Oil swishing may detoxify

Kendra Hamilton
Life reporter

Take a spoonful of coconut oil, swish it around your mouth for 20 minutes and spit it out. It’s supposed to be good for you.

The process is called oil pulling and allegedly has the power to cure more than 30 diseases, enhance oral health and draw toxins out of the blood, according to articles published in the Journal of Oral Health & Community Dentistry and the Indian Journal of Dental Research.

Many health professionals, however, remain skeptical of the old Ayurvedic practice from India.

Most of the scientific studies done on oil pulling have been conducted in India using small sample sizes and were not properly “blinded” (against a group not using the treatment, said Dr. Bora Moon, the on-campus dentist at Humber College.

“A lot of things you find online are quite anecdotal and they claim, ‘oh this happened, that happened,’ but there’s no evidence,” she said.

The proper way to get toxins out of the body is to urinate and have regular bowel movements, said Maria Pelliccia, registered dietician and professor at Humber.

“Our body is pretty smart, it detoxifies naturally,” she said.

Pelliccia said if toxins are building up in the body, it’s because the kidneys, bowels, or sweat glands aren’t working Despite little scientific support however, anecdotal evidence of the benefits of oil pulling has recently proliferated on blogs and in non-academic articles.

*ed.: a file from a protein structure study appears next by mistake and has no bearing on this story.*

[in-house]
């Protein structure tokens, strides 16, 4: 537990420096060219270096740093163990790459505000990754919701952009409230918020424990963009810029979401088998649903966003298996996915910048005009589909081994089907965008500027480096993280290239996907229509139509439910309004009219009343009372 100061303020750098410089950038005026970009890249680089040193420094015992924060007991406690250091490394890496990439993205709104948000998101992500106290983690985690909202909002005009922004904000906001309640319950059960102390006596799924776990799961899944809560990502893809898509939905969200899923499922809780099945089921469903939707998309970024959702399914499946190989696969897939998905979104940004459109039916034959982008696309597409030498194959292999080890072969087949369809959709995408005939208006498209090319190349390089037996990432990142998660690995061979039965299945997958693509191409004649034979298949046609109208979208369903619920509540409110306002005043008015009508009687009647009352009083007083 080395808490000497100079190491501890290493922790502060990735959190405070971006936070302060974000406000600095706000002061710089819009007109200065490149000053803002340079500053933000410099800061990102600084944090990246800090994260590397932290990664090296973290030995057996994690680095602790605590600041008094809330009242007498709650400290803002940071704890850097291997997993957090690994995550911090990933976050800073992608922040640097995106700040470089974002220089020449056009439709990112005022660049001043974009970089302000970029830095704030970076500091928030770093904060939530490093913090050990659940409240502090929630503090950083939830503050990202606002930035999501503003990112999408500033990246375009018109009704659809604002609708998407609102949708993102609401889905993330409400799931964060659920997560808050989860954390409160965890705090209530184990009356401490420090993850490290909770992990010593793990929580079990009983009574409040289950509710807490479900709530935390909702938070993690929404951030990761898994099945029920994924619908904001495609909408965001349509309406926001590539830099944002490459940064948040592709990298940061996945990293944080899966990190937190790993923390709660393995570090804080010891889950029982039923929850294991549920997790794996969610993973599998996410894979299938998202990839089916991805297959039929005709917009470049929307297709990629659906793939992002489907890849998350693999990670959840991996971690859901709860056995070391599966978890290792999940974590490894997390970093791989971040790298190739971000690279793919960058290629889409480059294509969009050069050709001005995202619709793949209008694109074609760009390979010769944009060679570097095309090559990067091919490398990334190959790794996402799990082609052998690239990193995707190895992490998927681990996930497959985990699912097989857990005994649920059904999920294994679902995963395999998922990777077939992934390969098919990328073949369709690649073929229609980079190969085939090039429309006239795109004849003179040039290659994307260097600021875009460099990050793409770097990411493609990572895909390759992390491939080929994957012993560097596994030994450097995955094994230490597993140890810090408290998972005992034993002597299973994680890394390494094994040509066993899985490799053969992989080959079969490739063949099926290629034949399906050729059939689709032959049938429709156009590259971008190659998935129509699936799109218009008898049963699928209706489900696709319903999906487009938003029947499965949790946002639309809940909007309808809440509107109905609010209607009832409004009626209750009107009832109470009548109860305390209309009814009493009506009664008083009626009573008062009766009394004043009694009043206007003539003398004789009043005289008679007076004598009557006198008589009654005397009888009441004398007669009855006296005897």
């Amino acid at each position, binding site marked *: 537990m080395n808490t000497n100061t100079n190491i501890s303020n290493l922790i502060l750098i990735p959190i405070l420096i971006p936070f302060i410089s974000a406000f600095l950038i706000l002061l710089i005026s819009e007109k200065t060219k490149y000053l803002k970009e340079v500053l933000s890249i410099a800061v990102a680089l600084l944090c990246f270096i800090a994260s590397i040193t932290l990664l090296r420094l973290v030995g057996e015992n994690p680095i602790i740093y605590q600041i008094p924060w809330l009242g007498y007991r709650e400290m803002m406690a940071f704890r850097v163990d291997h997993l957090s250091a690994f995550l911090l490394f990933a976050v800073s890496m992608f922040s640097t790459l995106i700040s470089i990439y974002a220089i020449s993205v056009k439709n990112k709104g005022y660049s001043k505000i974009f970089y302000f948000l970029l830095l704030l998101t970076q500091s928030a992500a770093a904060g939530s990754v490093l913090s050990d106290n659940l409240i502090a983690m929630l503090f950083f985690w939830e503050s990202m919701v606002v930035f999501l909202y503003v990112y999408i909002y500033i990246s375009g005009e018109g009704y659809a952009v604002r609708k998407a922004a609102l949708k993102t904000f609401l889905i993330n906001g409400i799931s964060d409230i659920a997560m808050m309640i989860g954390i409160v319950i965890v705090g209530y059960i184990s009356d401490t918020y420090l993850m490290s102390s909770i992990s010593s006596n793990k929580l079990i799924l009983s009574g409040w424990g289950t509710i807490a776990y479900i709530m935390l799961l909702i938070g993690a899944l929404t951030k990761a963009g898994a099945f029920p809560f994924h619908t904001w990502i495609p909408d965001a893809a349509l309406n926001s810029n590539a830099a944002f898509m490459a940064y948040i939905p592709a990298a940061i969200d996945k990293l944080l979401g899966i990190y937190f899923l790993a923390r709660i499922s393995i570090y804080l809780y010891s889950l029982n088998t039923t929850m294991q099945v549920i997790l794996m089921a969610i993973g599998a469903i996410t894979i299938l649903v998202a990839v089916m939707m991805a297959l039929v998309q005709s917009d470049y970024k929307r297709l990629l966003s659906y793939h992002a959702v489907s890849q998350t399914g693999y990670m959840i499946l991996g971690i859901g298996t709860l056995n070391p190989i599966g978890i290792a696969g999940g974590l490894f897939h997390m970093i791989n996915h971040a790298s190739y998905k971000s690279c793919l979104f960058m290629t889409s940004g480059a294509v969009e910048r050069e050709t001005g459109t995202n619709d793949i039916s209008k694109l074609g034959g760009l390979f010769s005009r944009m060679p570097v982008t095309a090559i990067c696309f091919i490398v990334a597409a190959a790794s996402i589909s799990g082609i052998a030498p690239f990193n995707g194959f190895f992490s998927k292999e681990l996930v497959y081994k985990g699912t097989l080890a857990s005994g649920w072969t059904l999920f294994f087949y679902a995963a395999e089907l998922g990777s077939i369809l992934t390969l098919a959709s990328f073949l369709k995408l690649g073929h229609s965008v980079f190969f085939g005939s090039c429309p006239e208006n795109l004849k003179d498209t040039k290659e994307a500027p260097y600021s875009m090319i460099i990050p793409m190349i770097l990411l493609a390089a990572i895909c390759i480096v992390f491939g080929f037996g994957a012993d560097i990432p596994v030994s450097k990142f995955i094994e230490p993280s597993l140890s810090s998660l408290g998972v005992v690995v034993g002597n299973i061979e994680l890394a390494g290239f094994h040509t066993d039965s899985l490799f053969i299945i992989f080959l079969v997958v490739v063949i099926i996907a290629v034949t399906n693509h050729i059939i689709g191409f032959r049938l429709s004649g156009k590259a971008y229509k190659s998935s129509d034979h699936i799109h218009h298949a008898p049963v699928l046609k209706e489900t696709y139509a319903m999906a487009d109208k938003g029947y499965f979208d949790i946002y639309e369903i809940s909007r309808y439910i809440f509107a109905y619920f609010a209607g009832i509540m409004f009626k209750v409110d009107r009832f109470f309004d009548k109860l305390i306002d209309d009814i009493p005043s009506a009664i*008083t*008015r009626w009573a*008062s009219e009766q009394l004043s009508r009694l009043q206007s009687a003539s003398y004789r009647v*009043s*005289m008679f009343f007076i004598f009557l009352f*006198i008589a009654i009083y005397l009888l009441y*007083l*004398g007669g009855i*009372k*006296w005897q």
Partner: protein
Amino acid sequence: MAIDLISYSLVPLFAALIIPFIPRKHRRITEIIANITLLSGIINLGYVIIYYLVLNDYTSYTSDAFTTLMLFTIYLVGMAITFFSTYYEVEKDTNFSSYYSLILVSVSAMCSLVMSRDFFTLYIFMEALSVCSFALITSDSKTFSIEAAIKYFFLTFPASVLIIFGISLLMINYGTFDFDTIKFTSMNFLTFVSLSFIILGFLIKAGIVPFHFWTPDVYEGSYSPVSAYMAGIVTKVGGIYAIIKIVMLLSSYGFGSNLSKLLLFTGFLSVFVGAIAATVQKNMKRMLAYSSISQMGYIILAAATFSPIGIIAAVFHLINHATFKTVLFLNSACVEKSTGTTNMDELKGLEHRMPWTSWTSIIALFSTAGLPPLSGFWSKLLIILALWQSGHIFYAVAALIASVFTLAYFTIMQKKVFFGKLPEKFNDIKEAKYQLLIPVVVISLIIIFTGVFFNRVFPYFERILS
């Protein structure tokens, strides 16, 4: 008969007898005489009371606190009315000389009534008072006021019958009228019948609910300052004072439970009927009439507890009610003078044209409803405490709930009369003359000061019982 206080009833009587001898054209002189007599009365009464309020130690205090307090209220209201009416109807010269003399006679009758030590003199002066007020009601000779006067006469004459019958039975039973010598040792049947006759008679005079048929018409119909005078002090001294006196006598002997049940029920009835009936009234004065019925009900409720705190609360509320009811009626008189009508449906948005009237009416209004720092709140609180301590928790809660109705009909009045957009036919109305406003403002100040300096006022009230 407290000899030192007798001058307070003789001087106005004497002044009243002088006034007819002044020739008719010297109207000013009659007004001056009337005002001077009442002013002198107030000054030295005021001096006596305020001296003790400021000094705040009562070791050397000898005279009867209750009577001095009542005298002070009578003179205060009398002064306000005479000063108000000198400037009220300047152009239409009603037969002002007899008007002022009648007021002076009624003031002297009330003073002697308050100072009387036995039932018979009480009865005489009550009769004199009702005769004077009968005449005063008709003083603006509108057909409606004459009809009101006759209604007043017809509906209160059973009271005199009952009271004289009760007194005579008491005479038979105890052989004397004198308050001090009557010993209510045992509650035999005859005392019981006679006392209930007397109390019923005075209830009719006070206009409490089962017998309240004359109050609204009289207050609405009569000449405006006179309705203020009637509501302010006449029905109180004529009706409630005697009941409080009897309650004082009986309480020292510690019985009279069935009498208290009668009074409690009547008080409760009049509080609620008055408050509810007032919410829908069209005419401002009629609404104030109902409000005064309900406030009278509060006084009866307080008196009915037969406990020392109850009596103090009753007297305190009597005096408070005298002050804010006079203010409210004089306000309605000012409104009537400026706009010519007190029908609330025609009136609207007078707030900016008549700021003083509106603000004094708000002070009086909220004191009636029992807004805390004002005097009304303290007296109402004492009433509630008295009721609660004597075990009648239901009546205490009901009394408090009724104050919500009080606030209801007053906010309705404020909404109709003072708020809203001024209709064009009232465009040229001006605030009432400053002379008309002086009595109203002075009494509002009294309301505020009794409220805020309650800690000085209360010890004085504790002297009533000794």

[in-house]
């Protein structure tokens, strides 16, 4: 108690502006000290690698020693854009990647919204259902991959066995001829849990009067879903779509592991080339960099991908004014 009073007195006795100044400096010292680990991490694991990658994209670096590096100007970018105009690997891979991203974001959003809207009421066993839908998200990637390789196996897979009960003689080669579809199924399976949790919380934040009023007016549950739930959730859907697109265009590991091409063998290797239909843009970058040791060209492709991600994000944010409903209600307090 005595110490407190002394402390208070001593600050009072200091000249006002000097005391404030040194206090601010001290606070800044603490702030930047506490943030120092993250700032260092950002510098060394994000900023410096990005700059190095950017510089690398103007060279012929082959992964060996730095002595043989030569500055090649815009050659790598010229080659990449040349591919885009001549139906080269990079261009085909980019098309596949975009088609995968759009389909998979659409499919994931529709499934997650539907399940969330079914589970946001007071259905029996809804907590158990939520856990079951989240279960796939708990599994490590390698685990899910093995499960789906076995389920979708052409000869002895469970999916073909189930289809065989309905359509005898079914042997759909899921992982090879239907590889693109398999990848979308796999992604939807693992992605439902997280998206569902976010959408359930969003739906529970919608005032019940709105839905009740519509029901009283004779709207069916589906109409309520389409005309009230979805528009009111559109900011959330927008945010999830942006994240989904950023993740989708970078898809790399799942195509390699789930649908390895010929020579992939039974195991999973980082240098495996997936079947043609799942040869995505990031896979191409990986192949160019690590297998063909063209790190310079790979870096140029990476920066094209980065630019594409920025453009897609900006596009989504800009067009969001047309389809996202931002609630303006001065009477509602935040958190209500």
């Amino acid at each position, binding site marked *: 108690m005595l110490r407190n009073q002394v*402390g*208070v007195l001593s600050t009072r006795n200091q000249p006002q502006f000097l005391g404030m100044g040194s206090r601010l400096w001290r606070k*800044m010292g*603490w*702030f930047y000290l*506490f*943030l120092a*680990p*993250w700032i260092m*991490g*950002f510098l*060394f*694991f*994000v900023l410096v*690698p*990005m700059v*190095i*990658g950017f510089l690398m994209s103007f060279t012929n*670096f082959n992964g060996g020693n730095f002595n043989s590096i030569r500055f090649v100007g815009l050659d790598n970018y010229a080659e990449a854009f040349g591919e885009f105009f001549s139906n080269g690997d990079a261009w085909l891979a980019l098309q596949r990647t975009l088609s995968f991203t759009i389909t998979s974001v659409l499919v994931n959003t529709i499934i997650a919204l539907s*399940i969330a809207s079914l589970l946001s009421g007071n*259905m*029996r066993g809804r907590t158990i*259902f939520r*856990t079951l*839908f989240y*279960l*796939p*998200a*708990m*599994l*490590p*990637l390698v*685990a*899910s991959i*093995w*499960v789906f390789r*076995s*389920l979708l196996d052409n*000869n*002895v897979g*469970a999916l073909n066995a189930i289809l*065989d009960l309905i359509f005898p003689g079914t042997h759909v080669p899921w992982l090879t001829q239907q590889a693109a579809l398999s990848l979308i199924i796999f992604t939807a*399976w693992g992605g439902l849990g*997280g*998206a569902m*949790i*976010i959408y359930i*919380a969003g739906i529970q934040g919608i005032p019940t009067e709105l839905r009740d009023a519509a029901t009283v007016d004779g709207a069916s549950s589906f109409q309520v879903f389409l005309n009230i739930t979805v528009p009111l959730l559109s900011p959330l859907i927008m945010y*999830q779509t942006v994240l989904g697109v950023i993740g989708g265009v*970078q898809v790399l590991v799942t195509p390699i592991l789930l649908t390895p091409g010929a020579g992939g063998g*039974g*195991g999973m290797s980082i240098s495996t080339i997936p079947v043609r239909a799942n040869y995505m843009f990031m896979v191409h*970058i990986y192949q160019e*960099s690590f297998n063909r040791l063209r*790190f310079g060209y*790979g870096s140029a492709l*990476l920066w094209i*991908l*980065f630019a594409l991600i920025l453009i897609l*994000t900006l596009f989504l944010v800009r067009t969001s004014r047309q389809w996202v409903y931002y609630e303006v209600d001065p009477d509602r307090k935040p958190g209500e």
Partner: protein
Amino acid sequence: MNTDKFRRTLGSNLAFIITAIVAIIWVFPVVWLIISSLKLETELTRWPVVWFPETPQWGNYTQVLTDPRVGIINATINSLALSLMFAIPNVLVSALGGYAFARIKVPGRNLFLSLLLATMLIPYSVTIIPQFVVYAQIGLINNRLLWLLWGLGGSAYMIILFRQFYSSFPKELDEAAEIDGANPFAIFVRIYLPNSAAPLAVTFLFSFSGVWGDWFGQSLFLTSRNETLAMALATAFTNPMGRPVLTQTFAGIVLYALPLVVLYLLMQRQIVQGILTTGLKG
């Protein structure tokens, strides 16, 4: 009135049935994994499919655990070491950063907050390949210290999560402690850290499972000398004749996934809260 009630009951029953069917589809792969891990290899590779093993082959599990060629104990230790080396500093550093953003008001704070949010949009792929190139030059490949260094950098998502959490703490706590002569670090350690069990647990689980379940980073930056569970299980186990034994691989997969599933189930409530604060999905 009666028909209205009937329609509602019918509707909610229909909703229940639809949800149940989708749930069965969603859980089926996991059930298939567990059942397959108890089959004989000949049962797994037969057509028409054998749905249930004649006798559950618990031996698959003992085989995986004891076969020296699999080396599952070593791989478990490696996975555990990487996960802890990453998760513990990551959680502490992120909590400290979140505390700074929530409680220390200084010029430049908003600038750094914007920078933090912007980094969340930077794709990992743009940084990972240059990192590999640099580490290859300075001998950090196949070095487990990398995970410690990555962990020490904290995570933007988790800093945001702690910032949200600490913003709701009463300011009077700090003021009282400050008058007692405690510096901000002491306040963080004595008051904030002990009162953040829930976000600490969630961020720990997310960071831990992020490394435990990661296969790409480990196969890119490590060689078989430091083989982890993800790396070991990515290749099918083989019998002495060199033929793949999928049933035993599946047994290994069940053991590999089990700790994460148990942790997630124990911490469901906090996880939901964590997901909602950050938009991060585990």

“I’ve been oil pulling for two weeks now and my teeth have gotten so much whiter and my sinuses have cleared up so much,” said registered holistic nutritionist Katie Hart.

“It does make your mouth feel cleaner,” said Robin Young, a second-year public relations student at Humber College. “My dentist was like, ‘I see you’ve been flossing, that’s great,’ and I hadn’t been.”

“I don’t think there is any harm to it,” said Moon. “As long as they’re doing it as an adjunct (to standard oral hygiene) but I would like to see properly performed clinical trials first before recommending it to my patients.”